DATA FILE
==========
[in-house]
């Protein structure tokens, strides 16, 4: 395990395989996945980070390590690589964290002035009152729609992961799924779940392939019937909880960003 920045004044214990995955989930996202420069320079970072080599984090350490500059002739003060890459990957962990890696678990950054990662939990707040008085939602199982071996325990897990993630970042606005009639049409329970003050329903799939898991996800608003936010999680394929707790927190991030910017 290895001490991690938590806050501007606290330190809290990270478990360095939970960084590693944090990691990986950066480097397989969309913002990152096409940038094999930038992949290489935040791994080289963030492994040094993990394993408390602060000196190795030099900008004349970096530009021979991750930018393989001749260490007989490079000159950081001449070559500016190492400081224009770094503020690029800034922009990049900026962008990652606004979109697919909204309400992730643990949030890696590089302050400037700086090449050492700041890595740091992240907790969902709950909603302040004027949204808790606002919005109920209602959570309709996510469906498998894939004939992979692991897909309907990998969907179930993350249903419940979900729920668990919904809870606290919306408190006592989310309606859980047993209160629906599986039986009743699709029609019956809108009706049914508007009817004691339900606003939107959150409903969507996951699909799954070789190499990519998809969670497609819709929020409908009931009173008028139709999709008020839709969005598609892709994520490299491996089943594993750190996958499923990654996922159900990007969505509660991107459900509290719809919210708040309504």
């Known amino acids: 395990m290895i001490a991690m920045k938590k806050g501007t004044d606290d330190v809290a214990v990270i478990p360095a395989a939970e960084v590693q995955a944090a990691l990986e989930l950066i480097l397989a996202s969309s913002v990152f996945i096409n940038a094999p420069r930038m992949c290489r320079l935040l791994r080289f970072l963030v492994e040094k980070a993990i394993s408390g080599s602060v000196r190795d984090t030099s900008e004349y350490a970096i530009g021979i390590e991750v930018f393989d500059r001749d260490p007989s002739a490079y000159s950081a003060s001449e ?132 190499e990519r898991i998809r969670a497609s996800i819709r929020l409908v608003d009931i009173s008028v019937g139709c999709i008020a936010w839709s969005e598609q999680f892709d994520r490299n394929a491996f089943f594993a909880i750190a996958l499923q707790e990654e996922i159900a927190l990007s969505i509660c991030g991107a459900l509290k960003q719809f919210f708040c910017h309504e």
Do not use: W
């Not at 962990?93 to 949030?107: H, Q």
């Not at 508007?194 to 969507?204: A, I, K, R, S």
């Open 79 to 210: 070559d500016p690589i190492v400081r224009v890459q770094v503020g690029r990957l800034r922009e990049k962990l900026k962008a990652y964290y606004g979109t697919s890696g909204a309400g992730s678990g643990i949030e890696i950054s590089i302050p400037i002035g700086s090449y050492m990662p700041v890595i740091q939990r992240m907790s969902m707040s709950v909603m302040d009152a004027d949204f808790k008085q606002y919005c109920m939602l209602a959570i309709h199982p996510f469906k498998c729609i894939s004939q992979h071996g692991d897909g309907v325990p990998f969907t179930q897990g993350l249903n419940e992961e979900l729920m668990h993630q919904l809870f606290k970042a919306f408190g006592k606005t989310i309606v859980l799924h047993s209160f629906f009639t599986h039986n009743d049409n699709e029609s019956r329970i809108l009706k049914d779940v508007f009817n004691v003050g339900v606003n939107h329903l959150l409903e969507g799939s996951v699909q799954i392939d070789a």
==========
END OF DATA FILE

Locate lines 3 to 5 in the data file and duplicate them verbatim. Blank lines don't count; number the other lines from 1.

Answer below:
């Known amino acids: 395990m290895i001490a991690m920045k938590k806050g501007t004044d606290d330190v809290a214990v990270i478990p360095a395989a939970e960084v590693q995955a944090a990691l990986e989930l950066i480097l397989a996202s969309s913002v990152f996945i096409n940038a094999p420069r930038m992949c290489r320079l935040l791994r080289f970072l963030v492994e040094k980070a993990i394993s408390g080599s602060v000196r190795d984090t030099s900008e004349y350490a970096i530009g021979i390590e991750v930018f393989d500059r001749d260490p007989s002739a490079y000159s950081a003060s001449e ?132 190499e990519r898991i998809r969670a497609s996800i819709r929020l409908v608003d009931i009173s008028v019937g139709c999709i008020a936010w839709s969005e598609q999680f892709d994520r490299n394929a491996f089943f594993a909880i750190a996958l499923q707790e990654e996922i159900a927190l990007s969505i509660c991030g991107a459900l509290k960003q719809f919210f708040c910017h309504e």
Do not use: W
């Not at 962990?93 to 949030?107: H, Q």